Klassik and Joey Grihalva delve into the story of a gifted yet archetypal “Milwaukeean.”


Klassik demonstrates how he blends a wide array of sonic and instrumental enhancement of his singing and rapping, here at an event at the forMartha wellness center on Center Street. All photos by Samer Ghani

Though it happened a week ago, this event still thunders through my memory, like a bolt of lightning across the Milwaukee skyline.

Because I’ve written in some depth about the book it celebrated, I’ll try to be quick, too. But I wanted to share some photos by Samer Ghani, of author Joey Grihalva’s reading and performance event with Kellen “Klassik” Abston, at the end of the recent Center Street Daze, last week.

The setting was unassuming, the new storefront forMartha, a wellness center on Center Street. Grihalva read from his new “biography-autobiography” The Milwaukeean, which is ostensibly a biography of his friend, hip-hop rapper-singer-songwriter-keyboardist Klassik. (The book is available at some retail outlets in Milwaukee, or directly from the author, who provides free shipping, here: https://www.joeygrihalva.com/product/the-milwaukeean )

Yet, including an array of wise-before-their time city voices, the book’s story amounts to a slightly oblique, thirty-something-crafted portrait of Milwaukee itself, which Klassik ingeniously thinks of as a “character” as much as a place. (Grihalva and Abston are close in age and friendship.) You see, Milwaukee wears the faces of countless young Black men with comparable personal stories, rife with tragedy, who grew up, lived and died, before their time.

And yet, Kellen Abston has survived, and finally begun to thrive, through simple twists of fate, spiritual will and a wealth of talent.

So, Grihalva, author of the pictorial history Milwaukee Jazz, has fashioned a story that reverberates closely with the heart of Abston’s daunting personal odyssey, ” A Tale of Tragedy and Triumph,” the book’s subtitle.

Here’s my previously posted review of the book:

In a new biography, hip-hop artist Klassik emerges transcendently talented, but still rooted, a native son of Milwaukee

At the reading/performance Grihalva also played recorded interviews that didn’t all make it into the book, including an extended interview with Milwaukee singer Adekola Adedapo about the “discovery” of a young Kellen Abston at a Heath Brothers jazz workshop, where the 10-year-old wowed people with an extended version of “Over the Rainbow” on saxophone.

Klassik and author Joey Grihalva share a light moment during their reading and performance event for the publication of Grihalva’s book about Klassik, “The Milwaukeean.”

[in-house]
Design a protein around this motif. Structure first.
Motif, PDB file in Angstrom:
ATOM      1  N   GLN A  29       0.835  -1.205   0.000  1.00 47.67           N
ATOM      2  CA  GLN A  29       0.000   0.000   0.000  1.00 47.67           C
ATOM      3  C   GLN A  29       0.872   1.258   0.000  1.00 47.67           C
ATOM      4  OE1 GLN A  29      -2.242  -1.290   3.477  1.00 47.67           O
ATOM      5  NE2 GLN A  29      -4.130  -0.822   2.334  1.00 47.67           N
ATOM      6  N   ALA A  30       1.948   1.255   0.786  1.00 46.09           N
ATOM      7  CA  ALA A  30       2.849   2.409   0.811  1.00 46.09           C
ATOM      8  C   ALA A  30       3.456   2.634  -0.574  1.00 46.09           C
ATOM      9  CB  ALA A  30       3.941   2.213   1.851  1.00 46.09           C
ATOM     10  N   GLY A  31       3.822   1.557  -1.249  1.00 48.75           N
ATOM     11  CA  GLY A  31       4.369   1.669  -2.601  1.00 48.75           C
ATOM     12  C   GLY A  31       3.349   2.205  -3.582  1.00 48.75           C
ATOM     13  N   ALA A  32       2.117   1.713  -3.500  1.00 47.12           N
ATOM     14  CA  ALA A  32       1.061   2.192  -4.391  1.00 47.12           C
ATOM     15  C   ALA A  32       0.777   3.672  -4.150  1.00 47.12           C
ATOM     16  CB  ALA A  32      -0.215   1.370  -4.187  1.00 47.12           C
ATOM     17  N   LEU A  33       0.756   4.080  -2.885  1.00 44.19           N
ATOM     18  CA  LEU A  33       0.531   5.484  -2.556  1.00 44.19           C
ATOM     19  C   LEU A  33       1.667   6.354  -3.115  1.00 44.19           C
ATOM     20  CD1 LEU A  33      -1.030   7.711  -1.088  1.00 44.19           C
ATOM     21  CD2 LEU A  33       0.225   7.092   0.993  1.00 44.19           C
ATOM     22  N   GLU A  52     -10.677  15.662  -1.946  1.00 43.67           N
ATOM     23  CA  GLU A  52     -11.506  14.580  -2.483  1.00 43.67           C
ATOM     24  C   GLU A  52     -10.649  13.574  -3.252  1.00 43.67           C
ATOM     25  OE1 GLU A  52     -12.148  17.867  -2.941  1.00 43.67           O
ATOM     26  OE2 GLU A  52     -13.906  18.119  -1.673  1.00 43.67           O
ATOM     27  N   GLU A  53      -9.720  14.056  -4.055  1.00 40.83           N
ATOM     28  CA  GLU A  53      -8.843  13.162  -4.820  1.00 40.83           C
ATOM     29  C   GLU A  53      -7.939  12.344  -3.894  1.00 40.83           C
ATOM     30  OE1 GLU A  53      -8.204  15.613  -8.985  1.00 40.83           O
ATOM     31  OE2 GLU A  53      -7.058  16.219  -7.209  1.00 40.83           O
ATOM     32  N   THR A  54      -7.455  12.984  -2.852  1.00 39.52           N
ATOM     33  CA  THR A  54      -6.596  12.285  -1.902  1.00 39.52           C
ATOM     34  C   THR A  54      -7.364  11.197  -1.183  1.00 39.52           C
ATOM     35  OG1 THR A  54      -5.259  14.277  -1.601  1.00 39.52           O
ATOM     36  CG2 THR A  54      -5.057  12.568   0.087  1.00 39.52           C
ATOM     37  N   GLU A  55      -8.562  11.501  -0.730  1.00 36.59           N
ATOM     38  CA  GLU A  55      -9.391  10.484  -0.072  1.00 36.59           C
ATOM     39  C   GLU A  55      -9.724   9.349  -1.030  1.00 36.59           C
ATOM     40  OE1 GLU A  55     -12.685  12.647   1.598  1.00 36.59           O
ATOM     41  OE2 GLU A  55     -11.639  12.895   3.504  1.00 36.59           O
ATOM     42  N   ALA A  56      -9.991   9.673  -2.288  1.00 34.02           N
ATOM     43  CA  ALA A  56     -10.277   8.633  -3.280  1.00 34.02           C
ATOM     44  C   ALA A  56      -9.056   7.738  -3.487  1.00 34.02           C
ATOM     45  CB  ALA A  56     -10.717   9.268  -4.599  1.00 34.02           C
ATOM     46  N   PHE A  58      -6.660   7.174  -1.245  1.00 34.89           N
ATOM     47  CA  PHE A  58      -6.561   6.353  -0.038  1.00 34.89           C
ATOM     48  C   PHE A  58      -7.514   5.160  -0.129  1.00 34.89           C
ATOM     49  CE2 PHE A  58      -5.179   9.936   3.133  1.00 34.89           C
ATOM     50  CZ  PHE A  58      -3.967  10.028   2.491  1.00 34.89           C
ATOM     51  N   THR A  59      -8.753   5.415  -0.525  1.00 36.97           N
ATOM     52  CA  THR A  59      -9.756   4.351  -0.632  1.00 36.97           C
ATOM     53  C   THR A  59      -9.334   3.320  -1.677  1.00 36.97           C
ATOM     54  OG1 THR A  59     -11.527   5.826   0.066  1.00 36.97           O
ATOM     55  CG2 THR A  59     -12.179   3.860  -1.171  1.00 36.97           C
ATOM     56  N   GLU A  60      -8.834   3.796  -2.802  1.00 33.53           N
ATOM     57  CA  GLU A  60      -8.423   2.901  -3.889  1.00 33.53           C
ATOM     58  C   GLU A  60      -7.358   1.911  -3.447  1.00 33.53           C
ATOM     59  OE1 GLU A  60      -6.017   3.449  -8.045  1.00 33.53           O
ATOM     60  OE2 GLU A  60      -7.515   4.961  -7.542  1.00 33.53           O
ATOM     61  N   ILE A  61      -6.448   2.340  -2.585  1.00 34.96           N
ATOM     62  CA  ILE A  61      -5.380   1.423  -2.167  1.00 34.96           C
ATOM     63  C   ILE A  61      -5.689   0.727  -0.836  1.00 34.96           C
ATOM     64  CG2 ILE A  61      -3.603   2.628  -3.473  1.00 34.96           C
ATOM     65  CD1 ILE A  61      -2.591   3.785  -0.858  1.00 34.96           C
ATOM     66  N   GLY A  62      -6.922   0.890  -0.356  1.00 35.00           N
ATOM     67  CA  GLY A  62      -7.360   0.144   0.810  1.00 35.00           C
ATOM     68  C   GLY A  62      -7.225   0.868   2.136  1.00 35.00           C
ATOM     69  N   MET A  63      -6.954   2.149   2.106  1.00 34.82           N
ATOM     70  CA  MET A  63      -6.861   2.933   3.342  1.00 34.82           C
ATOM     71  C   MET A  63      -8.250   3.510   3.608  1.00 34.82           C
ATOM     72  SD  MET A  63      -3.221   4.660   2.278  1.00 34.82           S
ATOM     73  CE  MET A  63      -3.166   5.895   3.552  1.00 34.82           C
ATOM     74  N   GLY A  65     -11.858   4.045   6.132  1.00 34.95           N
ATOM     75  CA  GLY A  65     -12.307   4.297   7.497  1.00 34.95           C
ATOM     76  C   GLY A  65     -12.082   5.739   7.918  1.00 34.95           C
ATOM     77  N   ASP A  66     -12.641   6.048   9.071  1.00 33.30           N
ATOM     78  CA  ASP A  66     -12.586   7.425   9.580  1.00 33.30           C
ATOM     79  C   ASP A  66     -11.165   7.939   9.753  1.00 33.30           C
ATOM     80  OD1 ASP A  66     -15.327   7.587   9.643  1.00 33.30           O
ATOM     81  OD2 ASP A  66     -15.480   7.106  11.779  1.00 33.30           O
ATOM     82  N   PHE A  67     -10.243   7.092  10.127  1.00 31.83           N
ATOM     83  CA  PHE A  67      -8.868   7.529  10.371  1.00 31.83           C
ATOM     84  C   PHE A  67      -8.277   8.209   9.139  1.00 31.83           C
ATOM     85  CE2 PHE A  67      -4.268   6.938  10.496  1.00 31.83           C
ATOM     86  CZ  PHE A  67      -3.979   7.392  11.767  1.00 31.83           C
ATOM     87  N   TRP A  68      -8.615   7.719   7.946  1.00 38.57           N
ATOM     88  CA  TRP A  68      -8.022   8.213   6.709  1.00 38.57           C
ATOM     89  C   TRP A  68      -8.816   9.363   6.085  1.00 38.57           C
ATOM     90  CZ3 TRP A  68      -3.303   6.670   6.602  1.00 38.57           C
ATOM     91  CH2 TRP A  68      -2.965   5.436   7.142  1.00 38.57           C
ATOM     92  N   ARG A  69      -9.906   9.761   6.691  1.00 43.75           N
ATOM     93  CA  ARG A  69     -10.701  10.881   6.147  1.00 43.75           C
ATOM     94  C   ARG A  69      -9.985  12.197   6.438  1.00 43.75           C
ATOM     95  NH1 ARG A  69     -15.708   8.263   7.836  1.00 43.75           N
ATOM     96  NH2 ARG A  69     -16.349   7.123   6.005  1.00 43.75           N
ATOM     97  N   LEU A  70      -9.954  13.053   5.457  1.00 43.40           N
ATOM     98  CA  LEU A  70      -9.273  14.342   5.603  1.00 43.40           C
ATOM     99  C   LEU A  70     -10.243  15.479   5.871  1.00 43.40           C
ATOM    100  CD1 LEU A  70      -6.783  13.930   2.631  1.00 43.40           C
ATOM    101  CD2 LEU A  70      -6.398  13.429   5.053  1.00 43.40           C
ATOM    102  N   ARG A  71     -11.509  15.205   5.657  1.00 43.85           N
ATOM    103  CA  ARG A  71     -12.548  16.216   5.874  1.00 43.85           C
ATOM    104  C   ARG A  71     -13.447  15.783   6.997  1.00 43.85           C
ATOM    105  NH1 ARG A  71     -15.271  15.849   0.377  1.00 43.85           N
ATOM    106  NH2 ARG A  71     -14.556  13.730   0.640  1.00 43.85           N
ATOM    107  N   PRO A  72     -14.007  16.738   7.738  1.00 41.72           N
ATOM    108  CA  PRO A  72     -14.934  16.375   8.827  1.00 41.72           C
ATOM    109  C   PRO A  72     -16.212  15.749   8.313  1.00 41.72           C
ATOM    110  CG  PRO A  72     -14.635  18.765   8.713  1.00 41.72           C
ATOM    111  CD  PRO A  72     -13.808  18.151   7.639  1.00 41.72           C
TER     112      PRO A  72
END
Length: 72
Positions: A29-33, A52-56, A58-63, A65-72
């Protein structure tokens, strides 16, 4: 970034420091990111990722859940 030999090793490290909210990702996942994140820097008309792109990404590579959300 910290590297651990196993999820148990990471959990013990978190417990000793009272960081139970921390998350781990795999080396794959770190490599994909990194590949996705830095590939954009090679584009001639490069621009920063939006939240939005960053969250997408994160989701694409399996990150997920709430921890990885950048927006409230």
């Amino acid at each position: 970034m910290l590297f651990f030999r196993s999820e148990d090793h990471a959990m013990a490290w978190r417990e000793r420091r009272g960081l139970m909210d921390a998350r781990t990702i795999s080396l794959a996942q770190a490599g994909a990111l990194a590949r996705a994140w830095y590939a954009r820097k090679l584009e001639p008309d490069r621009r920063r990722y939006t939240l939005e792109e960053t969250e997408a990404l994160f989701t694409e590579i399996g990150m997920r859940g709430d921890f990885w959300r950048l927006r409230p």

This event alternated between book passage readings and Klassik’s performance, a rhythmic flurry of dancing, singing, rapping and electronic sound manipulation, which had an almost electrifying effect in such a small space, his voice often ranging into a gripping falsetto. At one point he sang “Not till everybody’s free in your mind…freedom has a price!”

His final untitled song swelled with startling power. At its climax, Kellen reached out repeatedly and implored the intimate audience, “Won’t you lift me up? Won’t you lift me up?” The effect had this listener feeling both the depths and the heights of the singer’s deep emotional cavern. I wasn’t alone. Afterwards, one burly, bearded man walked outside, leaned back against a car and said, “I almost came to tears.”

Klassik said he had written the song on July 4th, and this was its debut performance. One thinks back to Frederick Douglass’s bitterly eloquent public speech on July 4, 1875. It was a portrayal of the American Dream and its Constitutional ideals, betrayed by slavery and racism, Yet the speech also combined a despairing view of the political climate with criticisms of the black community and appeals for blacks to improve themselves.

Klassik, for his part, now strives “to make something beautiful,” in sunlit defiance of the shroud of ugliness and hatred that still haunts America.

Sometimes, in his effort “to make something beautiful” his voice cuts through black clouds of pain, soaring so high as if he might “kiss the sky.” And then come down like a bird, floating, winged by triumph.

Klassik is now busy preparing music for live performances to accompany Milwaukee Chamber Theater’s play Where Did We Sit on the Bus? running Sept.30 to Oct. 23.

At times, Klassik connected powerfully with his intimate audience at forMartha wellness center.